Non-male artists, and non-white ones, are rarely offered the grace Wallen has received in his short career. Mindy McCready was dropped (not suspended) after a series of public bouts with alcohol and drugs; LeAnn Rimes was pushed out of the genre for committing the same extramarital “sin” as Aldean; Palmer lost her label for failing to sell the same number of records as white artists who walk in with a massive advantage. The Chicks, perhaps most famously, were expelled from the airwaves for voicing their opinions about George W. Bush.
“Sadly, [men] fail upward or are rewarded for bad behavior because that’s the way it’s always been,” says Charese Fruge, owner of MC Media Consulting. “White men with issues become outlaws. Everyone else gets blacklisted,” says a spokeswoman for the anonymous advocacy collective WOMAN Nashville.
“The problem is with the programmers who claim racism has no place at their stations but still won’t add Mickey Guyton,” says former country program director Christal Blue. “If a programmer quietly pulls Morgan Wallen today but makes no public statement about their station not tolerating the behavior, they remain complicit. There are too many in country radio who are afraid to piss off the GM, the concert promoters, label reps, their audience and especially their advertising clients.” Guyton, who has been in Nashville for a decade and is up for a Grammy this March, has released just one EP, while Wallen’s second album contained nearly 30 songs.
Randy Brooks, a programmer at Missouri’s KIX 102.5, still won’t play the Chicks. He’s not spinning Wallen right now either, though that directive comes from the top. When he polled his listeners on-air, he said “the overriding opinion was that no one should be ultimately judged because of youthful indiscretions.” Wallen is 27.
Still, the penalty Wallen is facing — permanent or not — is notable for a genre that prefers to adhere to a “no politics” mantra when it comes to everything from #MeToo to COVID-19 to Black Lives Matter. “This incident demonstrates the importance of speaking out forcefully against racist incidents and systems,” says Charles Hughes, author of “Country Soul: Making Music and Making Race in the American South.” “The claim that we all just need to come together and get along, or that country artists shouldn’t be political, just isn’t good enough.”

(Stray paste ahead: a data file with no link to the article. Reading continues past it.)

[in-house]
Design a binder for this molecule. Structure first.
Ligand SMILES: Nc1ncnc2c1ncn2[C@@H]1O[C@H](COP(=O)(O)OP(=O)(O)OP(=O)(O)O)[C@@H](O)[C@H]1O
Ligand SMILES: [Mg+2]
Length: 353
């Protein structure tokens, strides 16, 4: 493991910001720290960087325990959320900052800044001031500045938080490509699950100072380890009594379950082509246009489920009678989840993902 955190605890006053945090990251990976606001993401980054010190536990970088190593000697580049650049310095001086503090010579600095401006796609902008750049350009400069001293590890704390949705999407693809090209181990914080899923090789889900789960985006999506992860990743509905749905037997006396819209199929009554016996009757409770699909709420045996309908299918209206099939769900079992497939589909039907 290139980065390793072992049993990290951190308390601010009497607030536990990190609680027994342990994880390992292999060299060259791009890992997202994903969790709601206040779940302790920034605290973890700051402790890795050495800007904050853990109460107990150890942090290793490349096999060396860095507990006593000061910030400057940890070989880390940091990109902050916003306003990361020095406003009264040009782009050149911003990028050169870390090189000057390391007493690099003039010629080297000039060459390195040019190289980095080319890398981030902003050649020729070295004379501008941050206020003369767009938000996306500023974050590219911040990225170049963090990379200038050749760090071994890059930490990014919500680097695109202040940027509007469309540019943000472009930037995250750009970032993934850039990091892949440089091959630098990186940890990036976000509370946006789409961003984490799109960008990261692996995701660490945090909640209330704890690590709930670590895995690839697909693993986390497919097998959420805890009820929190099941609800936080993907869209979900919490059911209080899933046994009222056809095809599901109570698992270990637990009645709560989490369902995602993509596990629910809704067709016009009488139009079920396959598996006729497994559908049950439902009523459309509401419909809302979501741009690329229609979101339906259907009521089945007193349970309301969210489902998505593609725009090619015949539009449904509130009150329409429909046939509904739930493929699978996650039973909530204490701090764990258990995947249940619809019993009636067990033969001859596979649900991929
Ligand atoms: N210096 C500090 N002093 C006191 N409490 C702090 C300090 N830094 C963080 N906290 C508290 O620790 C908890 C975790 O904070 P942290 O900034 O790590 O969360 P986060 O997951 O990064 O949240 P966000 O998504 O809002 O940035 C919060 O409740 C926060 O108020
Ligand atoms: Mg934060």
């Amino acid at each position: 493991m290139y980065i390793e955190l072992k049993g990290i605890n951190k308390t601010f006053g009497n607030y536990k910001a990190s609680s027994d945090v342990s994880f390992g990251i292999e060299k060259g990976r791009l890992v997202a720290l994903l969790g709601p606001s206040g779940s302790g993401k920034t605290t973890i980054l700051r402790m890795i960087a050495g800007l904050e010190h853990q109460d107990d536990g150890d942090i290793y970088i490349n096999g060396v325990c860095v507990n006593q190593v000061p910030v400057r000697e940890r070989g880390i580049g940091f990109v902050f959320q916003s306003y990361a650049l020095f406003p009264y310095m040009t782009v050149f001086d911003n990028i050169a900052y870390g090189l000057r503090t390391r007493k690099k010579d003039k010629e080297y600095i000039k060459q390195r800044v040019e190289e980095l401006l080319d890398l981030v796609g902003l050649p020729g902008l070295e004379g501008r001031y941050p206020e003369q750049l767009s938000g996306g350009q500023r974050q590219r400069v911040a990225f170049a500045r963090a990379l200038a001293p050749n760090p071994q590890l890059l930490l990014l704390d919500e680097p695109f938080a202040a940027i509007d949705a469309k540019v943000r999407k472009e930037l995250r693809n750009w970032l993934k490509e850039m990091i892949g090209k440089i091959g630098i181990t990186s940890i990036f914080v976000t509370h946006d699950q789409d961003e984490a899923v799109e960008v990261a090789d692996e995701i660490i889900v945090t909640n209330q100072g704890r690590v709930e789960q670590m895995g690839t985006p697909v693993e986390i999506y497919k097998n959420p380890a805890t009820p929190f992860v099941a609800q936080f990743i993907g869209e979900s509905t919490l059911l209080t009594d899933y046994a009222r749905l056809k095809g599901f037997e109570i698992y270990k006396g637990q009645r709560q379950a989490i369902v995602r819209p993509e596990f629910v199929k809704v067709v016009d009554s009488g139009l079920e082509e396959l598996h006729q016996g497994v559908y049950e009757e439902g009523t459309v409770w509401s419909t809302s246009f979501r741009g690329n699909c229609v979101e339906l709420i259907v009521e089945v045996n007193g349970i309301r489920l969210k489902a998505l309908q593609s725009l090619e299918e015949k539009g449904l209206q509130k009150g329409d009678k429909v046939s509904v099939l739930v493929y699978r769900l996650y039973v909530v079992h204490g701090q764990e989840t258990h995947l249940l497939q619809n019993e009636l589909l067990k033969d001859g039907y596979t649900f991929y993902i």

Some executives in town, like publisher and entertainment consultant Tracy Gershon, are ready to break that pattern. “[Music Row] always says, ‘Oh, this is bad, but it will go away in a couple of weeks,’” Gershon says. “This is the day we say no more. No more, not ever, not again. I have respect for many members of [Wallen’s] team, but they have to look at themselves. It’s hard to give up a paycheck, but something has got to give.”
Even those outside of the country music community are fed up. “Let’s be clear,” says “A Thousand Miles” singer-songwriter
Vanessa Carlton, who, until recently, lived in Nashville. “It’s all the white men who have been in charge of these radio stations and labels for a long, long time. They protect the cancer because they are the cancer.”
That doesn’t mean it can’t be cured: Country music has a whole subgenre of songs about redemption. But it means tackling the deeply embedded racism within its institutions head-on. “Time will tell in his actions if he’s grown,” says Palmer, who hopes Wallen is seeking counseling or rehab. “He wasn’t sentenced to death. He can still make music. He can still go out and play if he wants to. He’s been given the Chicks treatment. They survived and came back stronger than ever. Wallen can choose how he comes out of this.”
Wallen has not disappeared entirely — on Thursday, “More Than My Hometown” topped the list of the 10 most popular songs on iTunes, followed by six other Wallen cuts. He also held multiple spots on its album chart, with his new release, “Dangerous: The Double Album,” leading the way. Some in conservative media have even coalesced around him: Fox Nation host Tomi Lahren asked if “this is just another cheap thrill for the woke keyboard crowd.”
But most Nashville observers support Wallen’s punishment. “I haven’t heard a single person who thinks it was excessive,” says one radio programmer. “I’m betting spins will be at or near zero by the end of week.”
Although many of the genre’s women and Black artists, including Guyton, Palmer, Maren Morris and Cassadee Pope, have condemned Wallen’s actions, as of press time, only a few major-label male country artists have done the same, including the group Old Dominion and singer-songwriter Charlie Worsham.
“What happened is inexcusable, horrific, wrong on so many levels,” Worsham told The Times. “But we know that already, and there is no amount of tweet shaming or PR apology posting or industry self-correction that’s going to fix the root of the problem. The root of the problem is that racism operates in deep and complex ways, and if we are going to make things better, we — specifically white people and white dudes especially — must be willing to take action on a personal level. I’m a white dude from the Deep South, and I am here to say that change is possible.”
Another headline-grabbing episode proves, in some ways, that’s true. T.J. Osborne, of the Grammy-nominated duo Brothers Osborne, came out on Wednesday as gay in Time magazine. He’s the first major-label male country star to do so, and it’s a momentous step for an industry still facing a deep reckoning with race and inclusivity.
“I am so happy and proud of [T.J.],” says singer-songwriter Miko Marks. “We are living in the best of times and the worst of times.”
As Osborne’s friend and longtime equal-rights advocate Kacey Musgraves said in Time, “Country music deserves a future even more honest than its past.”